New York: Sold at Auction by George A. Leavitt & Co., 1878-1897. First Edition. Five volumes, large 8vo. (10 3/8" by 7"). Original wrappers (chipping to extremities and partially defective). Interestingly, along top edges a former owner has written the number of the volume: I, II, III, IIII, IIIII (see images), but clearly this copy was never even read. The paper stock in extremely fresh condition: unmarked, without any blemish whatsoever, and almost completely unopened. Item #3256
PRINTED ON LARGE AND FINE PAPER, a superb unopened copy, with ALL the printed lists of prices realized (bound at the end of each volume) and with the biography and 80-page Index bound in at the beginning of Part I. The quality of the thick, white paper stock is remarkable, and rarely found in American imprints dating from the late 19th century.
The Brinley sale has been described as "the first great book sale in the century" (A.E. Newton) and "the greatest sale of Americana ever held" (R.W.G. Vail). While including thousands of fabulous Americana rarities, Brinley's collection is of the greatest possible significance because "he broadened the field of collecting by neglecting nothing" (Joseph Rosenblum, DAB vol. 140, p. 22 et seq.)
Eclipsed in wealth by his contemporaries, James Lenox and John Carter Brown, "Brinley deserves the title of premier Americanist because his was the largest, and in many ways the finest, collection of Americana assembled in the nineteenth century" (Rosenblum) -- The five sales of the Brinley library contained 9501 lots, all of American interest. Although the Lenox collection, with its 11,870 titles, larger, it was not exclusively devoted to Americana; neither was the Hoe collection (sales 1911-1912). Its 14,588 lots probably did not include more books relating to the United States.
Brinley (1817-1875) apparently never worked a day in his life, having inherited his money from his father, a prosperous landowner in Hartford, Connecticut. Although prone to melancholy, he dedicated his life to collecting books about America, in doing applied himself with great energy and sagacity. He is known to have driven through New England searching for books in country churches and old houses, bartering shrewdly with unwilling sellers to secure his many prizes. During the Civil War the price for paper climbed significantly; with inflation, the commercial market for "used paper" emerged, and countless attics across the nation began to be cleaned out. Brinley seized upon these opportunities, and made arrangements with recycling mills to examine the refuse before it was pulped. Brinley scored many treasures out of the garbage. In some instances Brinley had the waste paper delivered directly to his home; in the trash Brinley discovered an Eliot Indian Bible (he would eventually obtain nine copies).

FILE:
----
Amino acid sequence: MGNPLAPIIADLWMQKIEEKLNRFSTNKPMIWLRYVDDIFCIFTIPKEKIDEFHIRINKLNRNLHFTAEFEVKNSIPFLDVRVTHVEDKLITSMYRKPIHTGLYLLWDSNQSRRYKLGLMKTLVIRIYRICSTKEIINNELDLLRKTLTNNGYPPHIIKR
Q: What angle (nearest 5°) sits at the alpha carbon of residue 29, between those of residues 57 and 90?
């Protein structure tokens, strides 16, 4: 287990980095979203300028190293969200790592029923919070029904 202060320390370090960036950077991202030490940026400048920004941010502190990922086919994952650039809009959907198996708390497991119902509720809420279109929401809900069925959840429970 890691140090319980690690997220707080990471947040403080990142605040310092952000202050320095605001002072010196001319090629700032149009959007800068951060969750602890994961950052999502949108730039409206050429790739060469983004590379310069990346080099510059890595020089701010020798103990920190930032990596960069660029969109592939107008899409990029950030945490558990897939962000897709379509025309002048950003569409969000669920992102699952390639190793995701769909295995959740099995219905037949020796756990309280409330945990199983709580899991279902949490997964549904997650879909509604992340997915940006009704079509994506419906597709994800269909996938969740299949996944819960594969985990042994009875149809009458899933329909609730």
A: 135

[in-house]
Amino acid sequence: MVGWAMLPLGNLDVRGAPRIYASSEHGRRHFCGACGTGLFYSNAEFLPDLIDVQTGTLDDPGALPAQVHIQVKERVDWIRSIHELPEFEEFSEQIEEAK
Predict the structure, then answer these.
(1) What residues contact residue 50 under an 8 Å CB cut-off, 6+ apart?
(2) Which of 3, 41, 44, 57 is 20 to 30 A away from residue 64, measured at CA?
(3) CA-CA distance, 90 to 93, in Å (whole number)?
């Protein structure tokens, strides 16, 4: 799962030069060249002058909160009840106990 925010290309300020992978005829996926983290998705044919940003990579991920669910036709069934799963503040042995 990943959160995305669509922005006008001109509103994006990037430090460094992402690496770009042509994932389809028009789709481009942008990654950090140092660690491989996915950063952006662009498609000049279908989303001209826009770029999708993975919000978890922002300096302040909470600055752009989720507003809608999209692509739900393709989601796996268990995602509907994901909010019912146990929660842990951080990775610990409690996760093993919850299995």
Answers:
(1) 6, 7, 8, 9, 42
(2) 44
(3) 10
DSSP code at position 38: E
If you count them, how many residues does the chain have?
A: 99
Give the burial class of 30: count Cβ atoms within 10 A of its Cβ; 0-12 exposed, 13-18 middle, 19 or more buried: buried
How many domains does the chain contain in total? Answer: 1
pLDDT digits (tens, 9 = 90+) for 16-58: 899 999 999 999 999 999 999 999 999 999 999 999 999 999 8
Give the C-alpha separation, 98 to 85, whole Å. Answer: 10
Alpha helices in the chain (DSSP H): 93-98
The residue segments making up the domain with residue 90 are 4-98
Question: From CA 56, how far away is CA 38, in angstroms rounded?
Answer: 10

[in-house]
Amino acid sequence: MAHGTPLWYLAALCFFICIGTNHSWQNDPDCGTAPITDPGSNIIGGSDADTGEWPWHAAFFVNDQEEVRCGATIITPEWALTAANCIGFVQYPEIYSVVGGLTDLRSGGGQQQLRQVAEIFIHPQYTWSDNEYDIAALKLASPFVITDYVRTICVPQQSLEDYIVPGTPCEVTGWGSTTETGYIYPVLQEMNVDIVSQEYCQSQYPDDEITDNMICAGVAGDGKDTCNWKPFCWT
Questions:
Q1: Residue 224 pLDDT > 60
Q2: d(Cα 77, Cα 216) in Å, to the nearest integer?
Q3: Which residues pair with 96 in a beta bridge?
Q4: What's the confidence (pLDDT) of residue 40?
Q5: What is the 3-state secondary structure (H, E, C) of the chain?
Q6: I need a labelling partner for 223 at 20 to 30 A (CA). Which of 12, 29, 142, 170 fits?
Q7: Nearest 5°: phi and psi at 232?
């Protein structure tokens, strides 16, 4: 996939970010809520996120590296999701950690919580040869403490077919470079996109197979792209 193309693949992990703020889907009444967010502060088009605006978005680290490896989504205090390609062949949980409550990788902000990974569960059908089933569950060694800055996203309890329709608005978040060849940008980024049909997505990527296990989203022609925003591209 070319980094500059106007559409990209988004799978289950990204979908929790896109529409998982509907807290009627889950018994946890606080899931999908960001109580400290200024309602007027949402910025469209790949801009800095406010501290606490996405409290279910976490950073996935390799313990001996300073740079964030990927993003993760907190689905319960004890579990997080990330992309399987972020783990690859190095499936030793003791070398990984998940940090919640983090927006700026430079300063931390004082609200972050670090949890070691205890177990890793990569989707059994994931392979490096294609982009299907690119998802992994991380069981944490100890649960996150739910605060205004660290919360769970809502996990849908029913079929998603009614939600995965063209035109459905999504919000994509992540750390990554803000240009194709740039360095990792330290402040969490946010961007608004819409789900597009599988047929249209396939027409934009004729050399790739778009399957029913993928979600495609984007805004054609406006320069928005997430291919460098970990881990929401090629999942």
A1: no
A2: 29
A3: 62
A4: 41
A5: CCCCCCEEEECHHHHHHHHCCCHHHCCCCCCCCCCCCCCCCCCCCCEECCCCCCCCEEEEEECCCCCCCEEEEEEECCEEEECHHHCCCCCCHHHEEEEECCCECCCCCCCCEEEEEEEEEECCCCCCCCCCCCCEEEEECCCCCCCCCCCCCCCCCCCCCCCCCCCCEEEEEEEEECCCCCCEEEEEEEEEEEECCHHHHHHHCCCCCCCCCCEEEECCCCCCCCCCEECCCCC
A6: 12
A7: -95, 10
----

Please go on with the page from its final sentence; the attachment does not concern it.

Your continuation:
His principal agent was Henry Stevens of Vermont, from whom he bought thousands of books, pamphlets, and manuscripts (major and minor), but Brinley did not have the right of first refusal: Stevens offered almost everything of real significance to Lenox and J.C.B. first. Lenox was a famous tight-wad, and among the items rejected by him was a copy of the 1647 English reprint Bay Psalm Book, by far rarer than the first; Lenox would not allow himself to even consider it at 100 guineas, but Brinley could, and secured it for himself. Lenox never saw another copy; indeed, only the Brinley copy (lot 850, bought by the John Carter Brown Library for $435) and the British Library copies survive, and to this day NYPL must be content with a photostat reproduction of the BL copy).
Another "reject": Brinley bought a perfect copy of the first edition of the Bay Psalm Book that the trustees of the British Museum eventually returned (after holding on to it for several years). Without hesitation he paid Stevens's asking price which was the equivalent of $750. In 1947 the Brinley copy was purchased by Rosenbach on behalf of Yale for $150,000 -- at that time the highest price ever paid for a printed book at auction.
Through Stevens Brinley acquired one and only one incunable, namely a copy of the 42-line "Gutenberg" Bible (Lenox already had one). Now in the Schiede Collection at Princeton, Brinley's copy of B-42 (lot 5839) is a truly exception book, having been bound and beautifully illuminated in Erfurt (see Eric White, Editio Princeps, pp. 230-235). Shockingly, William H. Schiede's own copy of the Brinley sale catalogue (while likewise on large, fine paper) consists of vols. 1-3 only.
It is impossible to describe in brief the many fabulous American firsts in the Brinley collection, but more importantly: Brinley did not focus exclusively on high-spots: indeed, he recognized and appreciated "the entire range of material printed in America -- historical works, sermons, chapbooks, textbooks, psalm books of less exalted stature, and pamphlets of every sort" (Reese, George Brinley and His Library" in: Gazette of the Grolier Club, N.S. 32, 1980, p. 156). In doing so, Brinley rescued from paper mills and garbage heaps early American imprints that today exist in less than a handful of copies. Through the present sale catalogues, Brinley drew attention to the historial -- and commercial -- value of otherwise neglected and/or forgotten materials. In doing so, these catalogues transformed our understanding of the history of America in its broadest possible scope.
Of this Large Paper issue we have located only ONE copy on the market in the last 80 years, namely that which appeared in the 1957 "Midland Notes" catalogue, item No. 66, compiled by the formidable Americana specialist Ernest Wessen of Mansfield, Ohio. Neither the Large Paper issue or the ordinary issue was in the Bibliotheca Bibliographica Breslaueriana.
Cataloguer's note: we have been greatly assisted by Rosenblum's excellent biography of Brinley in DAB, and interested persons are encouraged to consult it and the many references cited therein.